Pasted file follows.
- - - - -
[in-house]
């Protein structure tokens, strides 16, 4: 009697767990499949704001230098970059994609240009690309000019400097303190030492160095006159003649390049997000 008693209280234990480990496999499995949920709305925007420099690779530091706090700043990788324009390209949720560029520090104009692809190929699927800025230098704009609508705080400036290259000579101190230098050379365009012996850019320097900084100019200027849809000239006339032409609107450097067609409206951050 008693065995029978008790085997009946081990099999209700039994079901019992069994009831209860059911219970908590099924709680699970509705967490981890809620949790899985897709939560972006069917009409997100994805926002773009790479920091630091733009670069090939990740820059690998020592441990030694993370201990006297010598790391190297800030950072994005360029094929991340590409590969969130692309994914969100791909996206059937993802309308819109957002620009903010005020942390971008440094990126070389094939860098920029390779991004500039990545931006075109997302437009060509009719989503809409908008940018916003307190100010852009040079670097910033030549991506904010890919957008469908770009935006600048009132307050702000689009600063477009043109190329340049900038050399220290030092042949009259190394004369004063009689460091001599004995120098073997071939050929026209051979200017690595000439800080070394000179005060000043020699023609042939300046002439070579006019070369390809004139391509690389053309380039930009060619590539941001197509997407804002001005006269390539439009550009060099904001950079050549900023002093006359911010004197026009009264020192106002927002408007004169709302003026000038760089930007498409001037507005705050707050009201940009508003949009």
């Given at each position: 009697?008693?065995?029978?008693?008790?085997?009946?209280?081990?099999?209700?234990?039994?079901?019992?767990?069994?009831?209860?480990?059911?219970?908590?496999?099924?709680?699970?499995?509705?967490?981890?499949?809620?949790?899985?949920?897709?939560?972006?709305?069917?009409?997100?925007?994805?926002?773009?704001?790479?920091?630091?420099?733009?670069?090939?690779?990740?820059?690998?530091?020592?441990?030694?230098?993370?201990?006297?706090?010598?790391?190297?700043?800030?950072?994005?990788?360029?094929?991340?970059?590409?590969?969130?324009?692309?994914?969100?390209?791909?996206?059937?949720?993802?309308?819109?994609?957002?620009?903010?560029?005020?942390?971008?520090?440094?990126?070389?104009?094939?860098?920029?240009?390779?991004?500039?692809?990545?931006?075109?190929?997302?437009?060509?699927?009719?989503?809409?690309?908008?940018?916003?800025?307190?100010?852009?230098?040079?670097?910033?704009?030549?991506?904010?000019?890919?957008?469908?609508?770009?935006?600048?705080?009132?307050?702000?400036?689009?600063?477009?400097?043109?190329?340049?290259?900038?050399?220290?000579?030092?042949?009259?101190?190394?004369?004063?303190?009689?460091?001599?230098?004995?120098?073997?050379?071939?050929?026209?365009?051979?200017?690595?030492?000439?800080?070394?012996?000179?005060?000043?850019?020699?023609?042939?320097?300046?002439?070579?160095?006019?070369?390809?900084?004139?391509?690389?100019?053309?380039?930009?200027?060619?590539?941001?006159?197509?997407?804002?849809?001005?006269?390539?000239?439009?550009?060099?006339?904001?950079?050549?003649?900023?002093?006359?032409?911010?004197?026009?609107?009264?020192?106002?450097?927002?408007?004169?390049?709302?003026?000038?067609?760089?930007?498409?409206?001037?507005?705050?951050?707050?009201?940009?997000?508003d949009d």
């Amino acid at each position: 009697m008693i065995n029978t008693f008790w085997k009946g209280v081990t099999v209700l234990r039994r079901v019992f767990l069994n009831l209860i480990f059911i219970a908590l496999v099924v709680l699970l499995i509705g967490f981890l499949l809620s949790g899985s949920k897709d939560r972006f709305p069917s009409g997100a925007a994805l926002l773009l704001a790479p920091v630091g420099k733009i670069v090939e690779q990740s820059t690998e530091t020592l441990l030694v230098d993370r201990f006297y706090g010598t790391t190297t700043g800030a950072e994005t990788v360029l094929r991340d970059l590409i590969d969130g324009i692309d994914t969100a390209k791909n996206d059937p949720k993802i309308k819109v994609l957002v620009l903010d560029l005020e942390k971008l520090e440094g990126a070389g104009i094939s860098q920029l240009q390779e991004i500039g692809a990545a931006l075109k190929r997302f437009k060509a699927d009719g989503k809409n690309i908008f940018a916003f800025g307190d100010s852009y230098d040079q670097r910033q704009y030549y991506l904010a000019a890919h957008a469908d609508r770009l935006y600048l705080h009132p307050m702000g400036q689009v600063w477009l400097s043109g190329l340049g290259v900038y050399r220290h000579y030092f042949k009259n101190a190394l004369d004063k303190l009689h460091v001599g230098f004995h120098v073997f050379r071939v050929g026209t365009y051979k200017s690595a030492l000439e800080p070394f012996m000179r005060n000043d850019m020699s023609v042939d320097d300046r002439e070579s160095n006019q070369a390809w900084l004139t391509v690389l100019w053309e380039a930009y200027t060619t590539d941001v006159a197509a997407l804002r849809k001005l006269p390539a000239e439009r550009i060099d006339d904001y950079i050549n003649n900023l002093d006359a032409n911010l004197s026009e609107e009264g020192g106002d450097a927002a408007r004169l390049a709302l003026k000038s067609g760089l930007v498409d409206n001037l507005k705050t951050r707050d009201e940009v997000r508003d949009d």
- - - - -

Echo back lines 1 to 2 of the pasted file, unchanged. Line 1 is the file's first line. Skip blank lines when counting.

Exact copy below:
[in-house]
């Protein structure tokens, strides 16, 4: 009697767990499949704001230098970059994609240009690309000019400097303190030492160095006159003649390049997000 008693209280234990480990496999499995949920709305925007420099690779530091706090700043990788324009390209949720560029520090104009692809190929699927800025230098704009609508705080400036290259000579101190230098050379365009012996850019320097900084100019200027849809000239006339032409609107450097067609409206951050 008693065995029978008790085997009946081990099999209700039994079901019992069994009831209860059911219970908590099924709680699970509705967490981890809620949790899985897709939560972006069917009409997100994805926002773009790479920091630091733009670069090939990740820059690998020592441990030694993370201990006297010598790391190297800030950072994005360029094929991340590409590969969130692309994914969100791909996206059937993802309308819109957002620009903010005020942390971008440094990126070389094939860098920029390779991004500039990545931006075109997302437009060509009719989503809409908008940018916003307190100010852009040079670097910033030549991506904010890919957008469908770009935006600048009132307050702000689009600063477009043109190329340049900038050399220290030092042949009259190394004369004063009689460091001599004995120098073997071939050929026209051979200017690595000439800080070394000179005060000043020699023609042939300046002439070579006019070369390809004139391509690389053309380039930009060619590539941001197509997407804002001005006269390539439009550009060099904001950079050549900023002093006359911010004197026009009264020192106002927002408007004169709302003026000038760089930007498409001037507005705050707050009201940009508003949009």